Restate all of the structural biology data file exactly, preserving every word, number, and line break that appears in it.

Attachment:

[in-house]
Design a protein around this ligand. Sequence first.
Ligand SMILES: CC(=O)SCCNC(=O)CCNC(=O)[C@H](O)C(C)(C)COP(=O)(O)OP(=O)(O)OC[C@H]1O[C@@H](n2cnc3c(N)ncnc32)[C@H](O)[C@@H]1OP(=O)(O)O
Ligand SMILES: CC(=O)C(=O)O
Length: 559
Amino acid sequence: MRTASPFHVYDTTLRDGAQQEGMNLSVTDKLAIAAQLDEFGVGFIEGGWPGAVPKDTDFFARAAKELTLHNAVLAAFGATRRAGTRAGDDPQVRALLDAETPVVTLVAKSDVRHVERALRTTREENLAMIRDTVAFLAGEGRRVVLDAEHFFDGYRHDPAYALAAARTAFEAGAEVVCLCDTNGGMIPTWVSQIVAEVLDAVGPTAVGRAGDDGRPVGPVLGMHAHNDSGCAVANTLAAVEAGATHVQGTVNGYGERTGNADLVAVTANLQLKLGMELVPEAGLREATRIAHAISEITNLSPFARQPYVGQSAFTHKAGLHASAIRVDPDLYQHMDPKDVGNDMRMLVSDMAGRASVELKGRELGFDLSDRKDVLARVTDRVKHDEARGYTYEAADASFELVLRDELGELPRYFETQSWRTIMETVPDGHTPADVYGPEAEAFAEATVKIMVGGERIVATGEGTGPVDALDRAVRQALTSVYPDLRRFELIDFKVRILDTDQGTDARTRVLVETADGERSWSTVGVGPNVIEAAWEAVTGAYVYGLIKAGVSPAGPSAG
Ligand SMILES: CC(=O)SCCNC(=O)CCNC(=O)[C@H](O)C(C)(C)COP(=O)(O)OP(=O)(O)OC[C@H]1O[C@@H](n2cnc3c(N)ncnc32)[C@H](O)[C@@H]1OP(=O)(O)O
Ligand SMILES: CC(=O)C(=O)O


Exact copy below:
[in-house]
Design a protein around this ligand. Sequence first.
Ligand SMILES: CC(=O)SCCNC(=O)CCNC(=O)[C@H](O)C(C)(C)COP(=O)(O)OP(=O)(O)OC[C@H]1O[C@@H](n2cnc3c(N)ncnc32)[C@H](O)[C@@H]1OP(=O)(O)O
Ligand SMILES: CC(=O)C(=O)O
Length: 559
Amino acid sequence: MRTASPFHVYDTTLRDGAQQEGMNLSVTDKLAIAAQLDEFGVGFIEGGWPGAVPKDTDFFARAAKELTLHNAVLAAFGATRRAGTRAGDDPQVRALLDAETPVVTLVAKSDVRHVERALRTTREENLAMIRDTVAFLAGEGRRVVLDAEHFFDGYRHDPAYALAAARTAFEAGAEVVCLCDTNGGMIPTWVSQIVAEVLDAVGPTAVGRAGDDGRPVGPVLGMHAHNDSGCAVANTLAAVEAGATHVQGTVNGYGERTGNADLVAVTANLQLKLGMELVPEAGLREATRIAHAISEITNLSPFARQPYVGQSAFTHKAGLHASAIRVDPDLYQHMDPKDVGNDMRMLVSDMAGRASVELKGRELGFDLSDRKDVLARVTDRVKHDEARGYTYEAADASFELVLRDELGELPRYFETQSWRTIMETVPDGHTPADVYGPEAEAFAEATVKIMVGGERIVATGEGTGPVDALDRAVRQALTSVYPDLRRFELIDFKVRILDTDQGTDARTRVLVETADGERSWSTVGVGPNVIEAAWEAVTGAYVYGLIKAGVSPAGPSAG
Ligand SMILES: CC(=O)SCCNC(=O)CCNC(=O)[C@H](O)C(C)(C)COP(=O)(O)OP(=O)(O)OC[C@H]1O[C@@H](n2cnc3c(N)ncnc32)[C@H](O)[C@@H]1OP(=O)(O)O
Ligand SMILES: CC(=O)C(=O)O